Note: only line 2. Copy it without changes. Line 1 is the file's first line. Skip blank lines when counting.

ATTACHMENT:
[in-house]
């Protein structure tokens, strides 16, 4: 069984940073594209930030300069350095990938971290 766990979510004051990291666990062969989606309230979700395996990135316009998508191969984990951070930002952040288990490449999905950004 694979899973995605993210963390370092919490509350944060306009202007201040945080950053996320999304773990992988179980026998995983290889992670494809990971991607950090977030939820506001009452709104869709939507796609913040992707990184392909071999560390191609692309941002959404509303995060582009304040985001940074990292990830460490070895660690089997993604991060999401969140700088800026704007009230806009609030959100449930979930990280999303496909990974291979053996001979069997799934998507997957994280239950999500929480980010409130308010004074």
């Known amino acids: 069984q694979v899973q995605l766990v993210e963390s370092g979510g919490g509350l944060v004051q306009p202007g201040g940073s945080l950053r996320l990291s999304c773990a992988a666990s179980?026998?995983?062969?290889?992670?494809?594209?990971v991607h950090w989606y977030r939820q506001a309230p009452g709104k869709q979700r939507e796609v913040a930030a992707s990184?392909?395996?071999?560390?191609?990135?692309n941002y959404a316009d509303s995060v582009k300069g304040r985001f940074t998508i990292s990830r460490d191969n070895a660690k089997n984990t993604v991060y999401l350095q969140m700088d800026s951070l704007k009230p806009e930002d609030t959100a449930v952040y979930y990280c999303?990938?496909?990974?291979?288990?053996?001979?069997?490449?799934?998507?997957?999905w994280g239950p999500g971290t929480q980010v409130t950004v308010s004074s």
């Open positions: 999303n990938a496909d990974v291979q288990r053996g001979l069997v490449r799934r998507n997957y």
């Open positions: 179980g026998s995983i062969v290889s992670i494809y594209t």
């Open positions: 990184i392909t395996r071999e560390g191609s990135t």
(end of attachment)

């Protein structure tokens, strides 16, 4: 069984940073594209930030300069350095990938971290 766990979510004051990291666990062969989606309230979700395996990135316009998508191969984990951070930002952040288990490449999905950004 694979899973995605993210963390370092919490509350944060306009202007201040945080950053996320999304773990992988179980026998995983290889992670494809990971991607950090977030939820506001009452709104869709939507796609913040992707990184392909071999560390191609692309941002959404509303995060582009304040985001940074990292990830460490070895660690089997993604991060999401969140700088800026704007009230806009609030959100449930979930990280999303496909990974291979053996001979069997799934998507997957994280239950999500929480980010409130308010004074």